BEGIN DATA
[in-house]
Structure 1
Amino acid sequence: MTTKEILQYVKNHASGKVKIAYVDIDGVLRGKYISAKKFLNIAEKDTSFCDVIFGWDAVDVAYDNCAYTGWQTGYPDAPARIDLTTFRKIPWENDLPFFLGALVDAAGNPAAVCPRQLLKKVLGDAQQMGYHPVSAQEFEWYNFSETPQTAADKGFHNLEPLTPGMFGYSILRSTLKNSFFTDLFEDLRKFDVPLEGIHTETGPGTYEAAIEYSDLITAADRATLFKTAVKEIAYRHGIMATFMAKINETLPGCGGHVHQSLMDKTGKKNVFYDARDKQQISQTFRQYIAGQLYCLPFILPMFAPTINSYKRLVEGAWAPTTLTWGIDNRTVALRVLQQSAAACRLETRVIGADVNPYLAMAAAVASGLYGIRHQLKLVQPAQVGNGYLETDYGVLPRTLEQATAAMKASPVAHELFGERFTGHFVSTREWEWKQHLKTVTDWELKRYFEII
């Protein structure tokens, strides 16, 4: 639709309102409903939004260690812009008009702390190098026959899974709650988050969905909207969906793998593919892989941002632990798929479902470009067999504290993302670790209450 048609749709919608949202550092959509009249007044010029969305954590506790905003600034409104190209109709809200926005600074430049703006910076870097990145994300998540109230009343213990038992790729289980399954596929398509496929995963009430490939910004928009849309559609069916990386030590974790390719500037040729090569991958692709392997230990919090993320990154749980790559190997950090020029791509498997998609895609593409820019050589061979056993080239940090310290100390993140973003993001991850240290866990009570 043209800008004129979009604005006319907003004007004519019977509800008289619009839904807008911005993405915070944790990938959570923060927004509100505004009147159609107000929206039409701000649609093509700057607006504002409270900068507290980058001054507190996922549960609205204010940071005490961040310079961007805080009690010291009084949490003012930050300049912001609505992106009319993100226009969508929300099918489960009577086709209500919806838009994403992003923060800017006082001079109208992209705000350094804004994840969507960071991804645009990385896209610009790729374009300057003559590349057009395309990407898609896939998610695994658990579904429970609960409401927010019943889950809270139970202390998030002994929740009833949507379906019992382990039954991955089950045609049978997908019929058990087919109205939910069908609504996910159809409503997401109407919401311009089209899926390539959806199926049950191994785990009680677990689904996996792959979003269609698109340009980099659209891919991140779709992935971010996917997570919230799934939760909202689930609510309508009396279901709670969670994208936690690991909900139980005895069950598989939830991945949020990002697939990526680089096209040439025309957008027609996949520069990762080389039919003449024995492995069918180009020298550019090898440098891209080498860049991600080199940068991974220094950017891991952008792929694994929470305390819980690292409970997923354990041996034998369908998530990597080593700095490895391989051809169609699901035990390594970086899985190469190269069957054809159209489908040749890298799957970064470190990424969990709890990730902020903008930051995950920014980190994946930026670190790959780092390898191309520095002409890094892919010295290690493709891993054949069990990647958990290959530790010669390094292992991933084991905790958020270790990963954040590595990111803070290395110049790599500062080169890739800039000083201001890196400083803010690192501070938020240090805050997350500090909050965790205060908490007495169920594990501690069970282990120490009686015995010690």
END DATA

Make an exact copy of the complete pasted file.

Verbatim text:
[in-house]
Structure 1
Amino acid sequence: MTTKEILQYVKNHASGKVKIAYVDIDGVLRGKYISAKKFLNIAEKDTSFCDVIFGWDAVDVAYDNCAYTGWQTGYPDAPARIDLTTFRKIPWENDLPFFLGALVDAAGNPAAVCPRQLLKKVLGDAQQMGYHPVSAQEFEWYNFSETPQTAADKGFHNLEPLTPGMFGYSILRSTLKNSFFTDLFEDLRKFDVPLEGIHTETGPGTYEAAIEYSDLITAADRATLFKTAVKEIAYRHGIMATFMAKINETLPGCGGHVHQSLMDKTGKKNVFYDARDKQQISQTFRQYIAGQLYCLPFILPMFAPTINSYKRLVEGAWAPTTLTWGIDNRTVALRVLQQSAAACRLETRVIGADVNPYLAMAAAVASGLYGIRHQLKLVQPAQVGNGYLETDYGVLPRTLEQATAAMKASPVAHELFGERFTGHFVSTREWEWKQHLKTVTDWELKRYFEII
């Protein structure tokens, strides 16, 4: 639709309102409903939004260690812009008009702390190098026959899974709650988050969905909207969906793998593919892989941002632990798929479902470009067999504290993302670790209450 048609749709919608949202550092959509009249007044010029969305954590506790905003600034409104190209109709809200926005600074430049703006910076870097990145994300998540109230009343213990038992790729289980399954596929398509496929995963009430490939910004928009849309559609069916990386030590974790390719500037040729090569991958692709392997230990919090993320990154749980790559190997950090020029791509498997998609895609593409820019050589061979056993080239940090310290100390993140973003993001991850240290866990009570 043209800008004129979009604005006319907003004007004519019977509800008289619009839904807008911005993405915070944790990938959570923060927004509100505004009147159609107000929206039409701000649609093509700057607006504002409270900068507290980058001054507190996922549960609205204010940071005490961040310079961007805080009690010291009084949490003012930050300049912001609505992106009319993100226009969508929300099918489960009577086709209500919806838009994403992003923060800017006082001079109208992209705000350094804004994840969507960071991804645009990385896209610009790729374009300057003559590349057009395309990407898609896939998610695994658990579904429970609960409401927010019943889950809270139970202390998030002994929740009833949507379906019992382990039954991955089950045609049978997908019929058990087919109205939910069908609504996910159809409503997401109407919401311009089209899926390539959806199926049950191994785990009680677990689904996996792959979003269609698109340009980099659209891919991140779709992935971010996917997570919230799934939760909202689930609510309508009396279901709670969670994208936690690991909900139980005895069950598989939830991945949020990002697939990526680089096209040439025309957008027609996949520069990762080389039919003449024995492995069918180009020298550019090898440098891209080498860049991600080199940068991974220094950017891991952008792929694994929470305390819980690292409970997923354990041996034998369908998530990597080593700095490895391989051809169609699901035990390594970086899985190469190269069957054809159209489908040749890298799957970064470190990424969990709890990730902020903008930051995950920014980190994946930026670190790959780092390898191309520095002409890094892919010295290690493709891993054949069990990647958990290959530790010669390094292992991933084991905790958020270790990963954040590595990111803070290395110049790599500062080169890739800039000083201001890196400083803010690192501070938020240090805050997350500090909050965790205060908490007495169920594990501690069970282990120490009686015995010690």